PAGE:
In the classical sense, smog equals smoke plus fog, but for the people who live in sun-drenched basins, such as Los Angeles, the equation is a little more complicated. Classical smog is primarily the product of coal-fueled fires from factories and is also known as industrial smog. The smog common in Los Angeles comes from automobile and other fossil-fuel emissions; since the energy of the Sun makes it noxious, it’s known as photochemical smog.
While both industrial and photochemical smog require an atmospheric inversion layer to push them to the ground, they occur under different climatic conditions. Industrial smog occurs in foggy, cool weather typical of that experienced in the British Isles and the eastern seaboard of the United States. Photochemical smog, on the other hand, occurs in hot, dry climates, and particularly on sunny days. Cities noted for this type of smog, such as Los Angeles, Tokyo and Mexico City, are typically surrounded by mountains that prevent air circulation. While industrial smog is most intense in the early morning, photochemical smog peaks at midday.
Differences in Composition
Industrial smog contains two primary components: sulfur dioxide and particulate matter. These combine with the water in fog to produce acidic precipitation — sulfur dioxide dissolves in water to form sulfuric acid — and thick, tar-laden droplets. The primary pollutant in photochemical smog, on the other hand, is ozone. It is produced when nitrogen oxides and volatile organic compounds in automobile and fossil-fueled power-plant emissions combine with oxygen in the air in direct sunlight. Whereas industrial smog casts a gray pallor over the areas it affects, the nitrogen dioxide in photochemical smog creates a dingy, brownish haze.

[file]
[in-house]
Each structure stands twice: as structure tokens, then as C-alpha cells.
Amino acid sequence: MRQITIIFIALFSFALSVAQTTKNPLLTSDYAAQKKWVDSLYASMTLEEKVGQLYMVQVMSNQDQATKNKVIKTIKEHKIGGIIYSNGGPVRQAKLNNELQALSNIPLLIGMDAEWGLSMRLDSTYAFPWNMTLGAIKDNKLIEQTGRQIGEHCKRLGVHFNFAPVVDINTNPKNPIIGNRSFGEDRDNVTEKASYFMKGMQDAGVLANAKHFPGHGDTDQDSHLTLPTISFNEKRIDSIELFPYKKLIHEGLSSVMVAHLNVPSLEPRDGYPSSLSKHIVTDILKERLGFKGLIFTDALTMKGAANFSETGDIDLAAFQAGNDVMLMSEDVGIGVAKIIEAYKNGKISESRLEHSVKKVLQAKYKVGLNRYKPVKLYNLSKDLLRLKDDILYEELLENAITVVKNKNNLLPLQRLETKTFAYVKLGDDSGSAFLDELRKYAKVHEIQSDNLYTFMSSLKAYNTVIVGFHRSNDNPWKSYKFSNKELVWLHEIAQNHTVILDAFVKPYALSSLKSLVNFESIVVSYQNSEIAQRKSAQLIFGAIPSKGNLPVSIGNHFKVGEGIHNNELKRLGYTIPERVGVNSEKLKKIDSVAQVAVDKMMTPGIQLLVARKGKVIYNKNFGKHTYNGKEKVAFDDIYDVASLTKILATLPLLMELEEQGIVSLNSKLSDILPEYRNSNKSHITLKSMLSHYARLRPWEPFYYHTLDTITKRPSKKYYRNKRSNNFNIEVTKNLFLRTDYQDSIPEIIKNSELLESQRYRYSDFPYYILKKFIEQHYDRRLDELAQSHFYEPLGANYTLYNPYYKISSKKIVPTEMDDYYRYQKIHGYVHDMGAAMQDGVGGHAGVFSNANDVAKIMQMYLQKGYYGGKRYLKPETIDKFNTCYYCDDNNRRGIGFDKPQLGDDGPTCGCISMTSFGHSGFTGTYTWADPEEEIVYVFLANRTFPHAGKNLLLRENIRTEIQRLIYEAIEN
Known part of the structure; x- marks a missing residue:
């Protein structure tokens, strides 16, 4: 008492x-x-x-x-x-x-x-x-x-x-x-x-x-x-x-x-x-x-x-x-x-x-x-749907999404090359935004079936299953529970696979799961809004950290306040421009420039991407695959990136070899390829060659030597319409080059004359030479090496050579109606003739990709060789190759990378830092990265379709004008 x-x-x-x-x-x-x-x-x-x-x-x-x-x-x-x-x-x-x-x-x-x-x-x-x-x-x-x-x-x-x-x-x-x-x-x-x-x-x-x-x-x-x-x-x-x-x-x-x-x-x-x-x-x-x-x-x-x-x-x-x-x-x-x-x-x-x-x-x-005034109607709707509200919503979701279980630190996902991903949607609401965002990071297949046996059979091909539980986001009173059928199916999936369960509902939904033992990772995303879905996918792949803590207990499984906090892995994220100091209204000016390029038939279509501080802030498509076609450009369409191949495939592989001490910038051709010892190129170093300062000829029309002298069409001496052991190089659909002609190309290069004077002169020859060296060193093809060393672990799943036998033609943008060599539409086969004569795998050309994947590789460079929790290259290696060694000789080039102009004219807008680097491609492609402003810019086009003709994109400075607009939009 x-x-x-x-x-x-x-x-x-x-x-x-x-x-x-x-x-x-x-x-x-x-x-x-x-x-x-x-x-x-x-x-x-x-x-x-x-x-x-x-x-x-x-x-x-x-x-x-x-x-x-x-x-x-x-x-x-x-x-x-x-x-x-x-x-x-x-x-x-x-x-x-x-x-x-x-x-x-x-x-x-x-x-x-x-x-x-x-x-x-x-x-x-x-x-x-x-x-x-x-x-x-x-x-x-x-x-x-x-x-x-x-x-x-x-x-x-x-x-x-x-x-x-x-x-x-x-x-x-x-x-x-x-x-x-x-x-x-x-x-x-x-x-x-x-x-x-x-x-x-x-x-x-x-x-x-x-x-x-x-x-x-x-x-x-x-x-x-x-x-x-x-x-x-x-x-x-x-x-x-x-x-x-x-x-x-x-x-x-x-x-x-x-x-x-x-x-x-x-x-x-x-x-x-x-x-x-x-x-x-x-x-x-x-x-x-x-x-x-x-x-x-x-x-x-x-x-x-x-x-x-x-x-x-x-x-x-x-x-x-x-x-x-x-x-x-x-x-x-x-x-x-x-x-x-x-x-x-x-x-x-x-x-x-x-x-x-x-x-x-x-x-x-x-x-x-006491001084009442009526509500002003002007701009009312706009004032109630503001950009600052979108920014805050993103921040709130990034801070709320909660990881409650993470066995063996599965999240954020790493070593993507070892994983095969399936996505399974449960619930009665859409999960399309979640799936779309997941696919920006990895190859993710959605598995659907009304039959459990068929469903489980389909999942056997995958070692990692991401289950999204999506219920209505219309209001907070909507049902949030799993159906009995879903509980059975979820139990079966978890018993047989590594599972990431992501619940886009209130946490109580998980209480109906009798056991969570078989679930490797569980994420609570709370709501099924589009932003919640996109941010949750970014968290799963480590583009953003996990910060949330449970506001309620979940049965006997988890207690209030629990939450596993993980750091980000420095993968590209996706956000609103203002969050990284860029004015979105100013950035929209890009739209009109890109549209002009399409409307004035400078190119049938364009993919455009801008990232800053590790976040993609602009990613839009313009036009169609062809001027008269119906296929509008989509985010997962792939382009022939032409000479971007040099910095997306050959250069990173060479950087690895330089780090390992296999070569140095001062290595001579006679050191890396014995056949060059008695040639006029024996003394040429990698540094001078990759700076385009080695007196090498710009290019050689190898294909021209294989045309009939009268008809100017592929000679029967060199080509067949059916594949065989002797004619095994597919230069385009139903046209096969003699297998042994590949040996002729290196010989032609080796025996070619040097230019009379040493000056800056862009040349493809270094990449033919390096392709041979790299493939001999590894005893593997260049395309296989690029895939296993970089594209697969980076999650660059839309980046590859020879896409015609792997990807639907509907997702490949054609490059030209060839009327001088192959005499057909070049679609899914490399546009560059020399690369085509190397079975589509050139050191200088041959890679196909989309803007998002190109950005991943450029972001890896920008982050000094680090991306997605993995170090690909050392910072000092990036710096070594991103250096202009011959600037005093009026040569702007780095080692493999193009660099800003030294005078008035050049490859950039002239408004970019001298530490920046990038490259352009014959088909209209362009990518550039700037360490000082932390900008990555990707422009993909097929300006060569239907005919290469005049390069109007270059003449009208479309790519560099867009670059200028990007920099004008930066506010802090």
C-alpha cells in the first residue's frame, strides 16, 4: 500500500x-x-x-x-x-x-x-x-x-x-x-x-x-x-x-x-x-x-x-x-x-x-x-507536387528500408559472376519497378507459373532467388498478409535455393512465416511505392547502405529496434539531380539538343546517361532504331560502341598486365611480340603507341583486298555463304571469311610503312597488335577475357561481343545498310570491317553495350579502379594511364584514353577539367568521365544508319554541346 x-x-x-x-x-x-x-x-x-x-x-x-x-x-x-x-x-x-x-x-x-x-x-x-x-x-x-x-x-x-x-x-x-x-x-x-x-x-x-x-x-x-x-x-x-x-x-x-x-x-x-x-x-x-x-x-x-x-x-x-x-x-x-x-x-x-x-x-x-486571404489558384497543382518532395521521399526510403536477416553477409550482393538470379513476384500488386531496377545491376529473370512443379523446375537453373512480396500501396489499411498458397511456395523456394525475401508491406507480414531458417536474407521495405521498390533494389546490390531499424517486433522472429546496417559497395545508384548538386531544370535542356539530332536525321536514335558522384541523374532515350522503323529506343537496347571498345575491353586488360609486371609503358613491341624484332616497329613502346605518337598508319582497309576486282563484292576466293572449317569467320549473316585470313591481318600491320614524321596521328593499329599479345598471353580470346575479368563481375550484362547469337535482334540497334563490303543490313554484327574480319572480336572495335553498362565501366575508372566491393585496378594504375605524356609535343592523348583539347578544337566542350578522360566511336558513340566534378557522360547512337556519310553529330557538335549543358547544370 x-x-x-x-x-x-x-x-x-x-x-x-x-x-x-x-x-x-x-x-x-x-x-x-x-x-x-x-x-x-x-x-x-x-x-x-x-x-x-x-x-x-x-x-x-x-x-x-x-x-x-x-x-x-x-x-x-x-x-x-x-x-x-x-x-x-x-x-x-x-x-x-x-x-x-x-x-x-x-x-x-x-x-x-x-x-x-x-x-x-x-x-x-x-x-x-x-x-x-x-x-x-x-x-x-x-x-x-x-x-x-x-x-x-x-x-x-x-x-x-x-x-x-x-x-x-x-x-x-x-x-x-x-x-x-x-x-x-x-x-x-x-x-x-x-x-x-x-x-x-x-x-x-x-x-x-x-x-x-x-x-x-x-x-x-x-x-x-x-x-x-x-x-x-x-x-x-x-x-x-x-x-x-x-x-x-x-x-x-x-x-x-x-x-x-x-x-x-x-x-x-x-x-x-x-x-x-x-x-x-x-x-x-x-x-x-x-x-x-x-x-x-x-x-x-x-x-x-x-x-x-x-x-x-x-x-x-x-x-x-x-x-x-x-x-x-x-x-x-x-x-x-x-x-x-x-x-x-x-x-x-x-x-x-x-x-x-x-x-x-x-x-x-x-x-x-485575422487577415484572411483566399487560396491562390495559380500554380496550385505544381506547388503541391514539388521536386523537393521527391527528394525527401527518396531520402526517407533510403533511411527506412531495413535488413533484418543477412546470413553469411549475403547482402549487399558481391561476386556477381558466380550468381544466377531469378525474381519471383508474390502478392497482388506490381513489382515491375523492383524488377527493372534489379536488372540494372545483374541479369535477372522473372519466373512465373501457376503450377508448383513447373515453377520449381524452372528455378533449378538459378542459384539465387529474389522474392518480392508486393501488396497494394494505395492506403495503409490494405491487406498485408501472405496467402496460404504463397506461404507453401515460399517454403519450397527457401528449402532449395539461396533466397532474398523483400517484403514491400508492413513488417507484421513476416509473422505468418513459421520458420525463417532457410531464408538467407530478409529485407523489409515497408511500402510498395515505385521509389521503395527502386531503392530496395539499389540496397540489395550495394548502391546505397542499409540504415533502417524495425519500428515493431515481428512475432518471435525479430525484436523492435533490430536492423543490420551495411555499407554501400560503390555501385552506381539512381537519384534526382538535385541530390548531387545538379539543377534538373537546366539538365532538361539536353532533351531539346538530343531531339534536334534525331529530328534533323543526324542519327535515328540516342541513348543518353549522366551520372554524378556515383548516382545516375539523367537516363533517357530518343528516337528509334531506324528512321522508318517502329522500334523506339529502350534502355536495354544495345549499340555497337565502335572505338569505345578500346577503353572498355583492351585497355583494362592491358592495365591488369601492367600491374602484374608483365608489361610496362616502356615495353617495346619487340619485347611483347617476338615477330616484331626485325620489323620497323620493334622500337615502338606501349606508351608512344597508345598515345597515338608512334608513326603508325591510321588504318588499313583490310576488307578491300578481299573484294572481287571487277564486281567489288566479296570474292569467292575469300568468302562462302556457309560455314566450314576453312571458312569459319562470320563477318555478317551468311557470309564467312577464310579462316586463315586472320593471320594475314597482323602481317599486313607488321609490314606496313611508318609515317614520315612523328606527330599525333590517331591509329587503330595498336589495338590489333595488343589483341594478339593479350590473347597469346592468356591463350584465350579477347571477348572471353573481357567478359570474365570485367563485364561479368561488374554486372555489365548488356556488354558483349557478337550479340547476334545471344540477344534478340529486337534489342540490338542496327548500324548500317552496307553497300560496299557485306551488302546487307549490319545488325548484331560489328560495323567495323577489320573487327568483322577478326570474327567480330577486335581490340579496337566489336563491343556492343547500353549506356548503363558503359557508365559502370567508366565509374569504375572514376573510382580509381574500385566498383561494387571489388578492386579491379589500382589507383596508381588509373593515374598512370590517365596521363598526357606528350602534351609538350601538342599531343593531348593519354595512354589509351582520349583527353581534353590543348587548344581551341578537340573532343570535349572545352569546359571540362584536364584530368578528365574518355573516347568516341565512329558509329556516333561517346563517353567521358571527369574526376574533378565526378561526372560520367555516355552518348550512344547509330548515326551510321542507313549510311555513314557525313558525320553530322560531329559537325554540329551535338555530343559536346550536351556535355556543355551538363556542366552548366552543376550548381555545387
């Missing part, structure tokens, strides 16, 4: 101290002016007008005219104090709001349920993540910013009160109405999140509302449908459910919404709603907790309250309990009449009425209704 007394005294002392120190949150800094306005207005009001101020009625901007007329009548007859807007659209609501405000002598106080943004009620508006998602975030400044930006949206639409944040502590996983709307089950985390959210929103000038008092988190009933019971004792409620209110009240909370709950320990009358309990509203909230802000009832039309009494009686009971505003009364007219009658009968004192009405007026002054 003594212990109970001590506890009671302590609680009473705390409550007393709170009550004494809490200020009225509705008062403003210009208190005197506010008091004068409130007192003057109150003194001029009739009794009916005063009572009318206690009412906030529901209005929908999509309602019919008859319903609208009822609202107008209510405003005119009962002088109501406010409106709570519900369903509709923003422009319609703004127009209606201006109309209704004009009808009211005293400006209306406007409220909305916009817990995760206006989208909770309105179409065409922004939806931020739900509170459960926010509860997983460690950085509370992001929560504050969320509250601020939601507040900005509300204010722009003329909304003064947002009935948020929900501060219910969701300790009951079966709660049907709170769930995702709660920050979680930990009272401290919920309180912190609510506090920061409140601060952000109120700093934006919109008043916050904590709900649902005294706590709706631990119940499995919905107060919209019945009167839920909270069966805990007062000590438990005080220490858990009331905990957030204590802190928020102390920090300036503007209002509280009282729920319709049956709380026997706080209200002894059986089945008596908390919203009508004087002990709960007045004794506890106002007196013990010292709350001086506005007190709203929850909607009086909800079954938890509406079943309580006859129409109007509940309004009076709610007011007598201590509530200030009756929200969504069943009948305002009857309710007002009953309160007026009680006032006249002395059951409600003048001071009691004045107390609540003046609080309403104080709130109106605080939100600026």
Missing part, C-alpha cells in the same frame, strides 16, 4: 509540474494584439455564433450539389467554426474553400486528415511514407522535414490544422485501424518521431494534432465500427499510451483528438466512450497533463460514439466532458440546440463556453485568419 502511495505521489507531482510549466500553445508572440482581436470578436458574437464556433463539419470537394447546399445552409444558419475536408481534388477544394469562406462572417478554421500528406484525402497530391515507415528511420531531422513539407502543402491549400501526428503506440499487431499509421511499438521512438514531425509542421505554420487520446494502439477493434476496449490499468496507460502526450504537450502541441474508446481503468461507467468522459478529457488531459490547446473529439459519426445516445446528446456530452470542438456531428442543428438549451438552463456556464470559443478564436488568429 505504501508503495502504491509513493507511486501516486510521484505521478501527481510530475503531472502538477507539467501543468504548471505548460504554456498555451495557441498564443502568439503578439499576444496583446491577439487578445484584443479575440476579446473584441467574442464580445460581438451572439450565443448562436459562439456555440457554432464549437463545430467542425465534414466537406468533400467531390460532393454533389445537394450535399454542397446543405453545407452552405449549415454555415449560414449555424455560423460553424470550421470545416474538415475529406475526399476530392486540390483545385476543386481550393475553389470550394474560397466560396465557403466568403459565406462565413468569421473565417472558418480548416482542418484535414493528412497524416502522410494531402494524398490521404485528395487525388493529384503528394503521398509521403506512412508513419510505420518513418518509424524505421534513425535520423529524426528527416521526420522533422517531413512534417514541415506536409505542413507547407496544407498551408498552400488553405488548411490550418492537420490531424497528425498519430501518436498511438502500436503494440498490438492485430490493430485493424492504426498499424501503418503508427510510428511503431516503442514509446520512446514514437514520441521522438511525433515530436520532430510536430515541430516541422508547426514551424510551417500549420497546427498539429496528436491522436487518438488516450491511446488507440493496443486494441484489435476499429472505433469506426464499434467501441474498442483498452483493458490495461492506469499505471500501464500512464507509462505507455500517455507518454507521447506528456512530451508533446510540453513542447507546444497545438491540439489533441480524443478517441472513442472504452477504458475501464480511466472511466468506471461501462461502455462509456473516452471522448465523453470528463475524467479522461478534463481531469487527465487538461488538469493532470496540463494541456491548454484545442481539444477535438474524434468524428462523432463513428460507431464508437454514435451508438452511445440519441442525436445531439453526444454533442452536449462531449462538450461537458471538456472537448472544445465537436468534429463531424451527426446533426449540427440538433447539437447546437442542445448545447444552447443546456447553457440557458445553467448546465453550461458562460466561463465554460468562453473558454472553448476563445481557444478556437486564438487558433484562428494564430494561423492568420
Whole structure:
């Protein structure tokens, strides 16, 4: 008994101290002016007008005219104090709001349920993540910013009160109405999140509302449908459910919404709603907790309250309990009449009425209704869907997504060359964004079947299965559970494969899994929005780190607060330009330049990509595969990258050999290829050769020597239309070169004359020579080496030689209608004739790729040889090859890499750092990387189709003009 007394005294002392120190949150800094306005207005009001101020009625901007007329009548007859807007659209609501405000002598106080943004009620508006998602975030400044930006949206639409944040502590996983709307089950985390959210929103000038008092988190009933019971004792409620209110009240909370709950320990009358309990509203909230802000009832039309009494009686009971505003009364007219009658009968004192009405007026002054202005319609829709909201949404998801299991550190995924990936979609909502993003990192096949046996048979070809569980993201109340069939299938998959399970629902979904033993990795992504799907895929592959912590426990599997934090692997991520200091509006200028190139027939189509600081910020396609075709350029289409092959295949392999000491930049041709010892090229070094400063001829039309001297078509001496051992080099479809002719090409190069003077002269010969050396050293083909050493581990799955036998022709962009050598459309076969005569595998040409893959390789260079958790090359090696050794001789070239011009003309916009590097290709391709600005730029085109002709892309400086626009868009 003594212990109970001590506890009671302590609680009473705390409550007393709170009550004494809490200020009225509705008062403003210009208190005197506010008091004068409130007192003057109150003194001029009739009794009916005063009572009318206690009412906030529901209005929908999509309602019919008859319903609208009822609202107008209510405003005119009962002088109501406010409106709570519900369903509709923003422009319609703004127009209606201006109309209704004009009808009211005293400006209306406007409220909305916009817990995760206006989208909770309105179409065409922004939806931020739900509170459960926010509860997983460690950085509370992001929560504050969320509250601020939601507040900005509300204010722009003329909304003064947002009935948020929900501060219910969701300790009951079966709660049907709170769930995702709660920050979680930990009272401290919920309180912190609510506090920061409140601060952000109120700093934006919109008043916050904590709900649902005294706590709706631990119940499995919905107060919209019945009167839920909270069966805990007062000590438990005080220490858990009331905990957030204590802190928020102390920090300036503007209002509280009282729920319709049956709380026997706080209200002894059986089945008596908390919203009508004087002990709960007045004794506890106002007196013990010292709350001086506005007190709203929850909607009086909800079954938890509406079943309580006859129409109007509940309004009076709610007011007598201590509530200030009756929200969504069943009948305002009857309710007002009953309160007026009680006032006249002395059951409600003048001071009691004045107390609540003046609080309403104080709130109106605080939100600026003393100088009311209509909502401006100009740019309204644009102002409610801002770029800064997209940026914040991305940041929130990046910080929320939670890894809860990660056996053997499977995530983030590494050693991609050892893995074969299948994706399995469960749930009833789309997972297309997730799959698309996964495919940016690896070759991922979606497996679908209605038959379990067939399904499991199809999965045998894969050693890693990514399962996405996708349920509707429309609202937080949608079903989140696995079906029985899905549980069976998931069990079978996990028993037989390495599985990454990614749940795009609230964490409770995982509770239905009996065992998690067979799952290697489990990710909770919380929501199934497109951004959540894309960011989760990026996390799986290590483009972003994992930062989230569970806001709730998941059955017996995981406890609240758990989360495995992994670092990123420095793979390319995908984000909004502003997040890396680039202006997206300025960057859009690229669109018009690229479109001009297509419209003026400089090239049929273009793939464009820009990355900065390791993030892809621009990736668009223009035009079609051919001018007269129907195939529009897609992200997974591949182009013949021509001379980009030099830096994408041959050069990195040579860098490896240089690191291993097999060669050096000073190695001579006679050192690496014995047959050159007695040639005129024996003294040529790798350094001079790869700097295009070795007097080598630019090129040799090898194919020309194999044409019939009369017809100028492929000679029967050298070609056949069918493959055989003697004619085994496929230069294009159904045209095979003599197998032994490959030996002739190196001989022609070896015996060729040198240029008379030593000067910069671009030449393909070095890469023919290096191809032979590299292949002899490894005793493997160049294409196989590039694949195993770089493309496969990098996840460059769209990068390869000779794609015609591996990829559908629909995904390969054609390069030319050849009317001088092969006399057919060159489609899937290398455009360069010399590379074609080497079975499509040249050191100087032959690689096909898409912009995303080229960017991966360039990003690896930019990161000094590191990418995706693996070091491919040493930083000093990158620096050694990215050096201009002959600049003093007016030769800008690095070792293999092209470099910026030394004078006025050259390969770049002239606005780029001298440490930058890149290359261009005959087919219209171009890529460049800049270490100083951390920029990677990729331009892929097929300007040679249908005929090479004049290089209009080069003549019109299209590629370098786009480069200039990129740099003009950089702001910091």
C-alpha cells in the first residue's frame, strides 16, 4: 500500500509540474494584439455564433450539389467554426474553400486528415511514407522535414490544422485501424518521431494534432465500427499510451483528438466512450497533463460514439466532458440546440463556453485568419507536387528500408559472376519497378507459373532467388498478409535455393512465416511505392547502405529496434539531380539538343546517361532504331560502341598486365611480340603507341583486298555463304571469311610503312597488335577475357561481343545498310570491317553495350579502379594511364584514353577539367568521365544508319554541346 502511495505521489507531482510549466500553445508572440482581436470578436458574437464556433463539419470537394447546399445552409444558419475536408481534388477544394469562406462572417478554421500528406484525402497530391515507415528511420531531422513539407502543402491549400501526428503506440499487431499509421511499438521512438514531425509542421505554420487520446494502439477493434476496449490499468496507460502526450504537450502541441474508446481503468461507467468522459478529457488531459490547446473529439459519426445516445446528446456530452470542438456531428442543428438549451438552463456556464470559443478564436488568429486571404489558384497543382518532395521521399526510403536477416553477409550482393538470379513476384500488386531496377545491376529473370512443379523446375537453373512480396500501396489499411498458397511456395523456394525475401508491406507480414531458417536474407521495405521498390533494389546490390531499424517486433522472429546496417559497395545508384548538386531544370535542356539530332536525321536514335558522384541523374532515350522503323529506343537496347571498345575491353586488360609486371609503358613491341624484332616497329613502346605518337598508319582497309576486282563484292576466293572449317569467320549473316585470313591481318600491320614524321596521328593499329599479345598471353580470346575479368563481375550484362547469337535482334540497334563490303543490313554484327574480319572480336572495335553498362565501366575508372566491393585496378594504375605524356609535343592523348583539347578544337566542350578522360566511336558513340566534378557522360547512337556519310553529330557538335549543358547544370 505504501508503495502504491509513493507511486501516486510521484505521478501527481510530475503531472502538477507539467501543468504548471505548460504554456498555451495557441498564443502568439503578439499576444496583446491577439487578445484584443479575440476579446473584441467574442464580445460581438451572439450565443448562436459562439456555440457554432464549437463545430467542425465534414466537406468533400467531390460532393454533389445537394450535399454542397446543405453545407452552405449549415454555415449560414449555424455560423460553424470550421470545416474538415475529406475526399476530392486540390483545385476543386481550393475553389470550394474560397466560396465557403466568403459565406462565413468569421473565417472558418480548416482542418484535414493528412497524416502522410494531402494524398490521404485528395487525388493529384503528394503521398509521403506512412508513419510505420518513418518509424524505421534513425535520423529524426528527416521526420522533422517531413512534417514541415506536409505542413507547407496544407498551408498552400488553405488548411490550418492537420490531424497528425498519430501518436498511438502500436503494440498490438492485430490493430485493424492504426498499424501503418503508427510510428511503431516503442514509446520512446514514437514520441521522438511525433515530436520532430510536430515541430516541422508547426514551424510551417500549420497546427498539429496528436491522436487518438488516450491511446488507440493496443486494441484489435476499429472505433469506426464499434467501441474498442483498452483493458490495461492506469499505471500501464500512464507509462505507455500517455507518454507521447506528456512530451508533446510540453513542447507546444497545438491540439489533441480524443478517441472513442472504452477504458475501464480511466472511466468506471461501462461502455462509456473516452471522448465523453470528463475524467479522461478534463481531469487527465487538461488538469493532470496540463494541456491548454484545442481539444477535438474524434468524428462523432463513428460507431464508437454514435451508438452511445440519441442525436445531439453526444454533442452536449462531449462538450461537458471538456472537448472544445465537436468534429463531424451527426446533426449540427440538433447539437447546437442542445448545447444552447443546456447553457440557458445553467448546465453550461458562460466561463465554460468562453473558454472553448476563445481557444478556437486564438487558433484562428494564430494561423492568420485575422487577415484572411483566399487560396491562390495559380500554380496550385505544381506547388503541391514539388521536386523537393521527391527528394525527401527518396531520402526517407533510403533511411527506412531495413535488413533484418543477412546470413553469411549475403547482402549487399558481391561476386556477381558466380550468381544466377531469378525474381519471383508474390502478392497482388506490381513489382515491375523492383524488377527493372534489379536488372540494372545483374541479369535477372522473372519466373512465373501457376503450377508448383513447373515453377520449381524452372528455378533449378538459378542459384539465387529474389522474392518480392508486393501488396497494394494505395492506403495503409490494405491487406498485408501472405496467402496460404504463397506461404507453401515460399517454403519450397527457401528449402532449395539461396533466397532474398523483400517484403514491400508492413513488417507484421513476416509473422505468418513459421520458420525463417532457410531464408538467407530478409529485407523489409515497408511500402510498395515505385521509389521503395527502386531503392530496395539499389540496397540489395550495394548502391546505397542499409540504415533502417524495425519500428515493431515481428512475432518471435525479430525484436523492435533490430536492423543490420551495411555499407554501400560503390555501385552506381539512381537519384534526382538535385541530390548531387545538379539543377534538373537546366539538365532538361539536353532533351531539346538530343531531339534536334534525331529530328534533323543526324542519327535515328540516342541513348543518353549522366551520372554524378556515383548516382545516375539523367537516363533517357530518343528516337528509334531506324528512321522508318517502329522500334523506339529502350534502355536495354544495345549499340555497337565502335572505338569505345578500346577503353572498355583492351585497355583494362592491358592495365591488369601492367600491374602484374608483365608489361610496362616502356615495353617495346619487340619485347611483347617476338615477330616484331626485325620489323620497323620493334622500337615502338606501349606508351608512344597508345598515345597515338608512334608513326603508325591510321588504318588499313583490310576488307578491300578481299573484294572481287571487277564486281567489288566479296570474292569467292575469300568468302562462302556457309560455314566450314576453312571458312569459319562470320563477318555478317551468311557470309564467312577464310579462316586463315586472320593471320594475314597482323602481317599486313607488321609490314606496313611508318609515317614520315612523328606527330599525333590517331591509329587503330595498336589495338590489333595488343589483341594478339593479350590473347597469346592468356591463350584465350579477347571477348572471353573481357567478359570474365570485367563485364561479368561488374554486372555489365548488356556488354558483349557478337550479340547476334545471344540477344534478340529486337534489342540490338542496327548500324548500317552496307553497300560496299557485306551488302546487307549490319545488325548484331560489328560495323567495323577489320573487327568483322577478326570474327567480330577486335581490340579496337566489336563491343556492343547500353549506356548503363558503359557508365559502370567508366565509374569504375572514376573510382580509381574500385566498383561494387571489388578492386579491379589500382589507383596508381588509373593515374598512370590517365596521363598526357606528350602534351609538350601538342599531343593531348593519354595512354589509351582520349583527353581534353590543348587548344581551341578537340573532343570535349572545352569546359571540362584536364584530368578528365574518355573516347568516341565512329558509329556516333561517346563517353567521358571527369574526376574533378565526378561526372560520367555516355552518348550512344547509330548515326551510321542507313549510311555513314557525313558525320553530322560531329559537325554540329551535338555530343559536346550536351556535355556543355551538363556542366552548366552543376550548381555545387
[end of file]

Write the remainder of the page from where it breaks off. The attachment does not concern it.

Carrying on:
Both industrial and photochemical smog can kill. Ozone damages lung tissue and can lead to decreased resistance to infectious diseases, and the VOCs and nitrogen oxides in photochemical smog can also lead to chronic lung damage. California state officials estimate that 9,000 people die annually in that state from smog-related causes. The effects of industrial smog are more immediate. Smog fatalities that occurred in London through the 1800s and early 1900s — as well as during the Great Smog of 1952 — typically occurred while the smog was in the air or a matter of weeks thereafter.
The primary by-product of industrial smog is acid rain, which results from the combination of sulfur dioxide and water. Moreover, tar and particulate matter settle on surfaces throughout the affected area. Photochemical smog, on the other hand, produces a host of secondary pollutants that result from a series of complex chemical reactions. Ozone is the most important of these, but carbon monoxide and peroxyacetyl nitrates (PAN) are two others — they result from reactions involving hydrocarbons and nitrogen oxides, which are both primary by-products of fossil fuel combustion. Carbon monoxide leaches oxygen from the bloodstream, and PAN is an eye irritant.
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